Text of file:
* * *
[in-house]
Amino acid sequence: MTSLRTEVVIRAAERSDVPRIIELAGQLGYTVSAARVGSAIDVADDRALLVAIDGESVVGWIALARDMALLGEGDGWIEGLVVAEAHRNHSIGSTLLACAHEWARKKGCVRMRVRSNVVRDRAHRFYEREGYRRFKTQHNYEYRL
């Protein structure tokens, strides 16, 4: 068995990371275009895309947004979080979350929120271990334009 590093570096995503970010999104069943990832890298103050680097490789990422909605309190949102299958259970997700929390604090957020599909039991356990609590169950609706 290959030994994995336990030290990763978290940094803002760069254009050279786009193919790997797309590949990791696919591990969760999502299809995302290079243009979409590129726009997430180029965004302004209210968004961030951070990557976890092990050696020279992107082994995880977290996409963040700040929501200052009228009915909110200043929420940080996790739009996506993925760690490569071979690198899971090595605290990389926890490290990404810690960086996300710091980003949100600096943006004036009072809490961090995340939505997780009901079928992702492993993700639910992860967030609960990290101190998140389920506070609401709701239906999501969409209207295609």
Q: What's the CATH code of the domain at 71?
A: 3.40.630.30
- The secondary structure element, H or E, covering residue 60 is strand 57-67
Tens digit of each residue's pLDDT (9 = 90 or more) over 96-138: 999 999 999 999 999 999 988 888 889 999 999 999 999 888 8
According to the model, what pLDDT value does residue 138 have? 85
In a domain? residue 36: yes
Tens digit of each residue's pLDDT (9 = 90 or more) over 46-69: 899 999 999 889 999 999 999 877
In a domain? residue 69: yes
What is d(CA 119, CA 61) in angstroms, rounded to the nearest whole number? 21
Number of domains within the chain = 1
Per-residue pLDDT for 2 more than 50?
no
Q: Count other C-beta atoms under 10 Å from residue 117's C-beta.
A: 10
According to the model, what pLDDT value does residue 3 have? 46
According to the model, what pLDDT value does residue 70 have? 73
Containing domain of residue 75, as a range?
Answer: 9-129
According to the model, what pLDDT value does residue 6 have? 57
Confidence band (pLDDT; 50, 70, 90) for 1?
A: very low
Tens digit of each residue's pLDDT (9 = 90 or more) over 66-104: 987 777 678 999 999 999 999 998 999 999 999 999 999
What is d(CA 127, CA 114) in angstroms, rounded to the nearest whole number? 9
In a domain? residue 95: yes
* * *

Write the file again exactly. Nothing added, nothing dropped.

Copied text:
[in-house]
Amino acid sequence: MTSLRTEVVIRAAERSDVPRIIELAGQLGYTVSAARVGSAIDVADDRALLVAIDGESVVGWIALARDMALLGEGDGWIEGLVVAEAHRNHSIGSTLLACAHEWARKKGCVRMRVRSNVVRDRAHRFYEREGYRRFKTQHNYEYRL
């Protein structure tokens, strides 16, 4: 068995990371275009895309947004979080979350929120271990334009 590093570096995503970010999104069943990832890298103050680097490789990422909605309190949102299958259970997700929390604090957020599909039991356990609590169950609706 290959030994994995336990030290990763978290940094803002760069254009050279786009193919790997797309590949990791696919591990969760999502299809995302290079243009979409590129726009997430180029965004302004209210968004961030951070990557976890092990050696020279992107082994995880977290996409963040700040929501200052009228009915909110200043929420940080996790739009996506993925760690490569071979690198899971090595605290990389926890490290990404810690960086996300710091980003949100600096943006004036009072809490961090995340939505997780009901079928992702492993993700639910992860967030609960990290101190998140389920506070609401709701239906999501969409209207295609």
Q: What's the CATH code of the domain at 71?
A: 3.40.630.30
- The secondary structure element, H or E, covering residue 60 is strand 57-67
Tens digit of each residue's pLDDT (9 = 90 or more) over 96-138: 999 999 999 999 999 999 988 888 889 999 999 999 999 888 8
According to the model, what pLDDT value does residue 138 have? 85
In a domain? residue 36: yes
Tens digit of each residue's pLDDT (9 = 90 or more) over 46-69: 899 999 999 889 999 999 999 877
In a domain? residue 69: yes
What is d(CA 119, CA 61) in angstroms, rounded to the nearest whole number? 21
Number of domains within the chain = 1
Per-residue pLDDT for 2 more than 50?
no
Q: Count other C-beta atoms under 10 Å from residue 117's C-beta.
A: 10
According to the model, what pLDDT value does residue 3 have? 46
According to the model, what pLDDT value does residue 70 have? 73
Containing domain of residue 75, as a range?
Answer: 9-129
According to the model, what pLDDT value does residue 6 have? 57
Confidence band (pLDDT; 50, 70, 90) for 1?
A: very low
Tens digit of each residue's pLDDT (9 = 90 or more) over 66-104: 987 777 678 999 999 999 999 998 999 999 999 999 999
What is d(CA 127, CA 114) in angstroms, rounded to the nearest whole number? 9
In a domain? residue 95: yes